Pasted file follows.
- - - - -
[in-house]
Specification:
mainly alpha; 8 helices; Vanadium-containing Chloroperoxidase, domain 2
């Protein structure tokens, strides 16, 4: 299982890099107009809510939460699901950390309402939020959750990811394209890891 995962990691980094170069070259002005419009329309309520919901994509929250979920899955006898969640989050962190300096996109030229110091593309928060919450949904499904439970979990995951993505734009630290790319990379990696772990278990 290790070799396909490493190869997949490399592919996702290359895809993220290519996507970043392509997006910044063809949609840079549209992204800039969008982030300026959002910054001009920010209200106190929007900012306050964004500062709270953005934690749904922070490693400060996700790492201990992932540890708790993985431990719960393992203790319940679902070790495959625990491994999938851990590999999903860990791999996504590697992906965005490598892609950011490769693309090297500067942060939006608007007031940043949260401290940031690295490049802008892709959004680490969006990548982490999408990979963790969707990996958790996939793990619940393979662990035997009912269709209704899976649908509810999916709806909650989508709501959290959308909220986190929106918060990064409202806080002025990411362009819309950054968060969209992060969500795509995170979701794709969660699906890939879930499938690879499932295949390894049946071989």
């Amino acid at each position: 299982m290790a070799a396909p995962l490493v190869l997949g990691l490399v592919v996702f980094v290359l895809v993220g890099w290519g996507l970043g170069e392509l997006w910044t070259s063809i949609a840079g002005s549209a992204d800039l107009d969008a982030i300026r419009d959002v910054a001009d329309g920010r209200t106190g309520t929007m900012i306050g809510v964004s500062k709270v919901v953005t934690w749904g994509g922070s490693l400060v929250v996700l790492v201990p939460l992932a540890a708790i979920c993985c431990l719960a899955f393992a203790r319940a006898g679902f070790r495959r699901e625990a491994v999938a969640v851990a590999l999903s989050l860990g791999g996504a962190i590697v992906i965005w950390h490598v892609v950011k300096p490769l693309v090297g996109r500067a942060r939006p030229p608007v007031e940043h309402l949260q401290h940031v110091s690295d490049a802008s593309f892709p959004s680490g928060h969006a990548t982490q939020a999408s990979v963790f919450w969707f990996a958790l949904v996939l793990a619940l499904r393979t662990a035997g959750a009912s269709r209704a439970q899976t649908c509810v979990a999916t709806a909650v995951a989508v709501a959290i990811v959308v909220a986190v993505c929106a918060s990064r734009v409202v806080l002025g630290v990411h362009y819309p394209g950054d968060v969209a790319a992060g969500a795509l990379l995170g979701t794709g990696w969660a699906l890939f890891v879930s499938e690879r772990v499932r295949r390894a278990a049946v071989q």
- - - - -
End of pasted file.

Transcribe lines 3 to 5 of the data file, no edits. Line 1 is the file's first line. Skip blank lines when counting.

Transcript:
mainly alpha; 8 helices; Vanadium-containing Chloroperoxidase, domain 2
């Protein structure tokens, strides 16, 4: 299982890099107009809510939460699901950390309402939020959750990811394209890891 995962990691980094170069070259002005419009329309309520919901994509929250979920899955006898969640989050962190300096996109030229110091593309928060919450949904499904439970979990995951993505734009630290790319990379990696772990278990 290790070799396909490493190869997949490399592919996702290359895809993220290519996507970043392509997006910044063809949609840079549209992204800039969008982030300026959002910054001009920010209200106190929007900012306050964004500062709270953005934690749904922070490693400060996700790492201990992932540890708790993985431990719960393992203790319940679902070790495959625990491994999938851990590999999903860990791999996504590697992906965005490598892609950011490769693309090297500067942060939006608007007031940043949260401290940031690295490049802008892709959004680490969006990548982490999408990979963790969707990996958790996939793990619940393979662990035997009912269709209704899976649908509810999916709806909650989508709501959290959308909220986190929106918060990064409202806080002025990411362009819309950054968060969209992060969500795509995170979701794709969660699906890939879930499938690879499932295949390894049946071989």
């Amino acid at each position: 299982m290790a070799a396909p995962l490493v190869l997949g990691l490399v592919v996702f980094v290359l895809v993220g890099w290519g996507l970043g170069e392509l997006w910044t070259s063809i949609a840079g002005s549209a992204d800039l107009d969008a982030i300026r419009d959002v910054a001009d329309g920010r209200t106190g309520t929007m900012i306050g809510v964004s500062k709270v919901v953005t934690w749904g994509g922070s490693l400060v929250v996700l790492v201990p939460l992932a540890a708790i979920c993985c431990l719960a899955f393992a203790r319940a006898g679902f070790r495959r699901e625990a491994v999938a969640v851990a590999l999903s989050l860990g791999g996504a962190i590697v992906i965005w950390h490598v892609v950011k300096p490769l693309v090297g996109r500067a942060r939006p030229p608007v007031e940043h309402l949260q401290h940031v110091s690295d490049a802008s593309f892709p959004s680490g928060h969006a990548t982490q939020a999408s990979v963790f919450w969707f990996a958790l949904v996939l793990a619940l499904r393979t662990a035997g959750a009912s269709r209704a439970q899976t649908c509810v979990a999916t709806a909650v995951a989508v709501a959290i990811v959308v909220a986190v993505c929106a918060s990064r734009v409202v806080l002025g630290v990411h362009y819309p394209g950054d968060v969209a790319a992060g969500a795509l990379l995170g979701t794709g990696w969660a699906l890939f890891v879930s499938e690879r772990v499932r295949r390894a278990a049946v071989q």